During an on-stage interview at a recent tech startup conference, TechCrunch Editor-At-Large Josh Constine poked fun at Mike Lynn, co-founder and CEO of Hound Labs, about his startup’s development of the world’s first reliable marijuana breathalyzer.
“Why are you such a narc?” Constine asked.
Both Lynn and the audience laughed before Lynn answered Constine’s question by aptly pointing out that there is, in fact, an actual need for such a device.
“What we really try to do at Hound Labs is really be fair, to balance public safety and fairness because we need to have a standard,” he said. “We don’t want people going around stoned behind the wheel, just like you can’t drive drunk. But, at the same time, you don’t want to start firing people or arresting people who aren’t impaired.”
With medical marijuana still illegal in more than 20 states and recreational pot illegal in more than 40 — as well as the fact that marijuana of any kind is still technically illegal at the federal level — the cannabis industry still has quite a ways to go when it comes to respectability. It might be funny to joke that companies like Hound Labs are trying to ruin everybody’s buzz, but the fact of the matter is that advocates of responsible use could actually take the booming cannabis industry to even greater highs.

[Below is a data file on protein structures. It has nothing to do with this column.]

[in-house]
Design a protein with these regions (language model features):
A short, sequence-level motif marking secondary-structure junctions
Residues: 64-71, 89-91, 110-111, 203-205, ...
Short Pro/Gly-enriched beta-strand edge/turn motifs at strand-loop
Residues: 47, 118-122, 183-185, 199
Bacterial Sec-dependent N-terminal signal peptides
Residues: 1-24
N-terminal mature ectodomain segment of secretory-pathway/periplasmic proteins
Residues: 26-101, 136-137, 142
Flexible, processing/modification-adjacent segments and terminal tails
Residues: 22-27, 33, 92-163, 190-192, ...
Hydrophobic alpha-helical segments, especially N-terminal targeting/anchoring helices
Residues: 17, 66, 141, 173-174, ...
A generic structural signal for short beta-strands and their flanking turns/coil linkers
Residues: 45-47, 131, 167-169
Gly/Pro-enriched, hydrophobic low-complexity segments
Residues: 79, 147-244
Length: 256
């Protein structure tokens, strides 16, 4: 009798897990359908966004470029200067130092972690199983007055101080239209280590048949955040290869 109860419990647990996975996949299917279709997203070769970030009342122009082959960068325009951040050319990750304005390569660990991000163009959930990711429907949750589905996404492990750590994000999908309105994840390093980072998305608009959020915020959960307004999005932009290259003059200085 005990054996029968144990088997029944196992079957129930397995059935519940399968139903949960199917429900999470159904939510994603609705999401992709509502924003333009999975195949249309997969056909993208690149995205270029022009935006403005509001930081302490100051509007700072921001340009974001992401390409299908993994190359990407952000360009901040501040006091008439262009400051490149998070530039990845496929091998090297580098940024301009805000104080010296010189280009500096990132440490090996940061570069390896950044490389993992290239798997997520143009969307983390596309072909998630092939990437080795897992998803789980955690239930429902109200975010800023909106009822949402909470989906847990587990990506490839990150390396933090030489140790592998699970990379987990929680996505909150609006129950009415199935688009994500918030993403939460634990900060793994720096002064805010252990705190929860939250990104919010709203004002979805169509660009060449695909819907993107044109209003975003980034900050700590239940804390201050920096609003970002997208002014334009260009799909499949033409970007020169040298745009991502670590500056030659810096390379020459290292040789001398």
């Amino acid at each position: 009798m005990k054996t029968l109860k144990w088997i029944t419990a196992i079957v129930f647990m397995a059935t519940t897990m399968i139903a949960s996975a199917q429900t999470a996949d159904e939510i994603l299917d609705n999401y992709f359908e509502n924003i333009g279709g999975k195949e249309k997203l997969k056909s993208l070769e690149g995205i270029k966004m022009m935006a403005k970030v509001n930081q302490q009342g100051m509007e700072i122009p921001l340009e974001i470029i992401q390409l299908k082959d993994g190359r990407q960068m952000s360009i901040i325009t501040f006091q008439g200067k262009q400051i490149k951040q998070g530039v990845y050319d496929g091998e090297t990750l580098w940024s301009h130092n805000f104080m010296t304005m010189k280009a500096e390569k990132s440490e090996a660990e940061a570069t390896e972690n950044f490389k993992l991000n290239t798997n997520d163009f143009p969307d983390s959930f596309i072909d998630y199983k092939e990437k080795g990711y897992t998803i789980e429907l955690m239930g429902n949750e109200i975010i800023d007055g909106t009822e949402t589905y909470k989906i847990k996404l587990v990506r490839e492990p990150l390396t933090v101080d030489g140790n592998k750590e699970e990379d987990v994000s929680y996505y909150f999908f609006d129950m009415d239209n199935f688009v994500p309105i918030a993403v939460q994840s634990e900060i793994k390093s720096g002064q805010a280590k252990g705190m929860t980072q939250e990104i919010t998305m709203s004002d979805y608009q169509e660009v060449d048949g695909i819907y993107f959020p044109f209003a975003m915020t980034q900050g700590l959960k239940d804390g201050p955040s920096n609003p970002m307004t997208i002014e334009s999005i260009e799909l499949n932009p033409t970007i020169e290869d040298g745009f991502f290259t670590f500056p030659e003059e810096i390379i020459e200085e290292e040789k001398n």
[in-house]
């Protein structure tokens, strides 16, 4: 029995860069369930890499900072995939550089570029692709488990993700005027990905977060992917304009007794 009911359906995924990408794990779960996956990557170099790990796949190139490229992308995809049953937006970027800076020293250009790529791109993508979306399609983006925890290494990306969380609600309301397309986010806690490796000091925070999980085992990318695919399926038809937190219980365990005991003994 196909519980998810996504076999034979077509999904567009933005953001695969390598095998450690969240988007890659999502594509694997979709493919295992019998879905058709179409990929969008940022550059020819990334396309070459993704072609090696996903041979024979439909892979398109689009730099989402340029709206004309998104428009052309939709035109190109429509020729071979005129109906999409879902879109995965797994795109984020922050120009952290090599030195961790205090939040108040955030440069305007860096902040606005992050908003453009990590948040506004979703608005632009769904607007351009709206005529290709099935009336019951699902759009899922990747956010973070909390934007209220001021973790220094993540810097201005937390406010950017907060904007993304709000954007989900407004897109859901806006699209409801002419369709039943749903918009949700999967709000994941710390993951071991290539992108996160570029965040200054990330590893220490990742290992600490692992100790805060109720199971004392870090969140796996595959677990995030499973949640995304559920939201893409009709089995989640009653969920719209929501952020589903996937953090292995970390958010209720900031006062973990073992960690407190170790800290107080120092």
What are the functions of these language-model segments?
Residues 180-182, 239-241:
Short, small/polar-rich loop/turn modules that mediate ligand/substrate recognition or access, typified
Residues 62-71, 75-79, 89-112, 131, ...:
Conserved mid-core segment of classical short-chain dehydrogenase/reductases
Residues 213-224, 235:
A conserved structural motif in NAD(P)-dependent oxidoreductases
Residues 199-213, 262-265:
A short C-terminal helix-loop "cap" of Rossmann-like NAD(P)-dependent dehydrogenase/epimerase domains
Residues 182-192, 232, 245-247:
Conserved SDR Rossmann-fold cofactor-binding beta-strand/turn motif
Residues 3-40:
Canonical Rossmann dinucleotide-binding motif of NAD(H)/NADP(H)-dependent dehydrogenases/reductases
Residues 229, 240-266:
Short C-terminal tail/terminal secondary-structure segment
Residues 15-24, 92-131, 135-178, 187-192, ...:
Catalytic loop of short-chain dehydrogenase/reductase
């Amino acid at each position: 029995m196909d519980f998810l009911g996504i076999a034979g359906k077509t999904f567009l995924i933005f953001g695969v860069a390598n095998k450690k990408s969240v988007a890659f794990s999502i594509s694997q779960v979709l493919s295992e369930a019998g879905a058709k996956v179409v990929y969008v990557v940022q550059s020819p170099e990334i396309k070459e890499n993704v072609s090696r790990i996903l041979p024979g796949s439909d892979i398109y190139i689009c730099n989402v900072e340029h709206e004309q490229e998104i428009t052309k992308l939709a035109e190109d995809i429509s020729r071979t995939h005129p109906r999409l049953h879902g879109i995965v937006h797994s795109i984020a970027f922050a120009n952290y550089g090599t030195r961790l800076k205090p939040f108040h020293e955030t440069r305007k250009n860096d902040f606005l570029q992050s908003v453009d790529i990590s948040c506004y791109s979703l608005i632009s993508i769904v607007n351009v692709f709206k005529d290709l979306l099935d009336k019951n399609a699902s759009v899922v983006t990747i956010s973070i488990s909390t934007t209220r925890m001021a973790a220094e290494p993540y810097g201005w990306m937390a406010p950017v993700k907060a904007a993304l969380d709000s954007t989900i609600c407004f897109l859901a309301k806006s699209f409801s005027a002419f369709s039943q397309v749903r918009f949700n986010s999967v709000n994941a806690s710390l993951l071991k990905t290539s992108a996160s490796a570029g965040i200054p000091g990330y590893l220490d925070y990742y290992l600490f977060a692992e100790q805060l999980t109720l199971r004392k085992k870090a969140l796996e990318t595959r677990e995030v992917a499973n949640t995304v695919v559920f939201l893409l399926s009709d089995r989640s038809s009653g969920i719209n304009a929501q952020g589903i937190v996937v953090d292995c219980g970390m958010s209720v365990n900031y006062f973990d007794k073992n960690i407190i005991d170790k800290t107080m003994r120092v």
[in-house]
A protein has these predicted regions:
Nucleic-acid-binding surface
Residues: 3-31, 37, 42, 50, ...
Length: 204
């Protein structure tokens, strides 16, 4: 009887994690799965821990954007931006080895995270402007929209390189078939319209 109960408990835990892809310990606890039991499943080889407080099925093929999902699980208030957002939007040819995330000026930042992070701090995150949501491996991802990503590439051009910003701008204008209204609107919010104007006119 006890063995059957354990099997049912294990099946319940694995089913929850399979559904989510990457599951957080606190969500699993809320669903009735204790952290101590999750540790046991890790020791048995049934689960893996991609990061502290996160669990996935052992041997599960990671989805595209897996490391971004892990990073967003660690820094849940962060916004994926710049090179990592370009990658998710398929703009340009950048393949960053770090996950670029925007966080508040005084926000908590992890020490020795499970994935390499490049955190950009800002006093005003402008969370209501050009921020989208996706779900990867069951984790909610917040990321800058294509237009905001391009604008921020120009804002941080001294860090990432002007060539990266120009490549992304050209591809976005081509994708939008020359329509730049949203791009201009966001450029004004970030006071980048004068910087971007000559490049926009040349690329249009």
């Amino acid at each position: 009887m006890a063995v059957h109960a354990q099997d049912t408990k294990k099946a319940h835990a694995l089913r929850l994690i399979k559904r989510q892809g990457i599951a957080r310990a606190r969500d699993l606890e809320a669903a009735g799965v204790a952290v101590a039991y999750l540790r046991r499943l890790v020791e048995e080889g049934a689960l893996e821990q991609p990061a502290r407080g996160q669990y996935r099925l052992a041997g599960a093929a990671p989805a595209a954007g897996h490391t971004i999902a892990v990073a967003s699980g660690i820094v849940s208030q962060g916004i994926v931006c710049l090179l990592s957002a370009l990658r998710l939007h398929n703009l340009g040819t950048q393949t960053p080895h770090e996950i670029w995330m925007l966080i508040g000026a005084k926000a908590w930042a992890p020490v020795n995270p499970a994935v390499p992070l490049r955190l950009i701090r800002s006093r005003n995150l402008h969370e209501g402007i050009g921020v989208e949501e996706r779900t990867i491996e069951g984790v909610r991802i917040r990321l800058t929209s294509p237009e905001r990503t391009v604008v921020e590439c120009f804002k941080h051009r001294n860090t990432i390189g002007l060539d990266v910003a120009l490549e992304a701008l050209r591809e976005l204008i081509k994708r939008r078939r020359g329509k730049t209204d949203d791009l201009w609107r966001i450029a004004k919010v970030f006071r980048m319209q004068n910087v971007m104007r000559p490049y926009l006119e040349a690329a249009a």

While the National Highway Traffic Safety Administration says fewer people are driving after drinking these days, more are driving with marijuana in their bloodstream than any other illegal drug. In Texas, for example, there were nearly 170 traffic accidents in 2012 where the driver tested positive for marijuana. That number jumped to 300 last year.
But even if a driver tests positive for marijuana, it doesn’t mean he or she was impaired at the time of the accident. Unlike with alcohol, there is no national standard for intoxication from marijuana. And even if there was, according to Alex Berezow, a senior fellow at the American Council on Science and Health, blood and urine tests aren’t sensitive enough to show whether someone used pot five minutes or five days ago, and the first few hours after smoking pot is when someone will most likely be too impaired to drive.
“The problem is really figuring out who is actually stoned — shouldn't be behind the wheel or in the cockpit of an airplane, or in an operating room in the hospital — versus who has THC — the active ingredient in marijuana — just floating around in their system,” says Lynn.
If someone is stopped for drunk driving, police can whip out a breathalyzer and test the driver on the spot. No such marijuana breathalyzer exists to test for pot. Well, not yet, anyway.
Hound Labs and another Canadian firm, Cannabix Technologies, are developing small handheld devices that people can blow into, similar to the breathalyzers used to detect drunken drivers. Police and employers will be able to use the devices to detect and analyze the amount of THC in someone’s system in minutes.
Berezow says that whichever company “gets to market first and can reliably and quickly and easily show a product that a police officer can use on the side of the road is going to have a very substantial market advantage.”
And he’s right. As the cannabis industry grows, so will the opportunities for cannabis-related businesses.
But the development of an effective marijuana breathalyzer is bigger than that. Not only will it help save people from needless hassles, it will, quite literally, help save people.
If a few folks shout “narc!” in the process, then so be it.